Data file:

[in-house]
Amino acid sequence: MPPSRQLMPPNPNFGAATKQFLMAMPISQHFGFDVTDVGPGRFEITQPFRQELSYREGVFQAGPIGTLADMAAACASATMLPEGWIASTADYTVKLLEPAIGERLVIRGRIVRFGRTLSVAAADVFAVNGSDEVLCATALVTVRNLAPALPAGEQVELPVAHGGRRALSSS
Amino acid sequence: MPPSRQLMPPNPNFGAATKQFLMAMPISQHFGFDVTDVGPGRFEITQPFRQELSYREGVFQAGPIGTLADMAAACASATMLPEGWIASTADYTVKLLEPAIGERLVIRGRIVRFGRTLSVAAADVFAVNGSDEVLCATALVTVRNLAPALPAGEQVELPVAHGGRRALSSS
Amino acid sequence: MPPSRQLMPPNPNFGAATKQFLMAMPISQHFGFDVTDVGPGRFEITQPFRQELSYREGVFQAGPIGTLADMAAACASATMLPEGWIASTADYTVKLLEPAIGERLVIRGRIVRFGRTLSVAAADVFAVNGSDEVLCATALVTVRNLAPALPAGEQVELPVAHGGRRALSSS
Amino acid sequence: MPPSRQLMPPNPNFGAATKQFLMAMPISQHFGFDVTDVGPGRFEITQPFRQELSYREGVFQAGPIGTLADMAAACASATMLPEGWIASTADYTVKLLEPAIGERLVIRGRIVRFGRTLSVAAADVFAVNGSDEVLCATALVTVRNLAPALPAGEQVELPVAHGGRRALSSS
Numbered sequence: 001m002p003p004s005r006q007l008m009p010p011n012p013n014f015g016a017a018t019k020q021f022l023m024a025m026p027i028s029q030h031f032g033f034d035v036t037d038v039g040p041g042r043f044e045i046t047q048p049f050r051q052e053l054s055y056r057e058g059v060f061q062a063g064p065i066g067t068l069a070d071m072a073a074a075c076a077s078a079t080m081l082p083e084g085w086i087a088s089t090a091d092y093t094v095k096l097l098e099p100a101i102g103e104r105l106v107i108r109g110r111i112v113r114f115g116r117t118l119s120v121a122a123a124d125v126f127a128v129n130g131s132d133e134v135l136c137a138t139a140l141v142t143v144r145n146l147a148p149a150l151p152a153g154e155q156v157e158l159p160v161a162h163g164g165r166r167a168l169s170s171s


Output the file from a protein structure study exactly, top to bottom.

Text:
[in-house]
Amino acid sequence: MPPSRQLMPPNPNFGAATKQFLMAMPISQHFGFDVTDVGPGRFEITQPFRQELSYREGVFQAGPIGTLADMAAACASATMLPEGWIASTADYTVKLLEPAIGERLVIRGRIVRFGRTLSVAAADVFAVNGSDEVLCATALVTVRNLAPALPAGEQVELPVAHGGRRALSSS
Amino acid sequence: MPPSRQLMPPNPNFGAATKQFLMAMPISQHFGFDVTDVGPGRFEITQPFRQELSYREGVFQAGPIGTLADMAAACASATMLPEGWIASTADYTVKLLEPAIGERLVIRGRIVRFGRTLSVAAADVFAVNGSDEVLCATALVTVRNLAPALPAGEQVELPVAHGGRRALSSS
Amino acid sequence: MPPSRQLMPPNPNFGAATKQFLMAMPISQHFGFDVTDVGPGRFEITQPFRQELSYREGVFQAGPIGTLADMAAACASATMLPEGWIASTADYTVKLLEPAIGERLVIRGRIVRFGRTLSVAAADVFAVNGSDEVLCATALVTVRNLAPALPAGEQVELPVAHGGRRALSSS
Amino acid sequence: MPPSRQLMPPNPNFGAATKQFLMAMPISQHFGFDVTDVGPGRFEITQPFRQELSYREGVFQAGPIGTLADMAAACASATMLPEGWIASTADYTVKLLEPAIGERLVIRGRIVRFGRTLSVAAADVFAVNGSDEVLCATALVTVRNLAPALPAGEQVELPVAHGGRRALSSS
Numbered sequence: 001m002p003p004s005r006q007l008m009p010p011n012p013n014f015g016a017a018t019k020q021f022l023m024a025m026p027i028s029q030h031f032g033f034d035v036t037d038v039g040p041g042r043f044e045i046t047q048p049f050r051q052e053l054s055y056r057e058g059v060f061q062a063g064p065i066g067t068l069a070d071m072a073a074a075c076a077s078a079t080m081l082p083e084g085w086i087a088s089t090a091d092y093t094v095k096l097l098e099p100a101i102g103e104r105l106v107i108r109g110r111i112v113r114f115g116r117t118l119s120v121a122a123a124d125v126f127a128v129n130g131s132d133e134v135l136c137a138t139a140l141v142t143v144r145n146l147a148p149a150l151p152a153g154e155q156v157e158l159p160v161a162h163g164g165r166r167a168l169s170s171s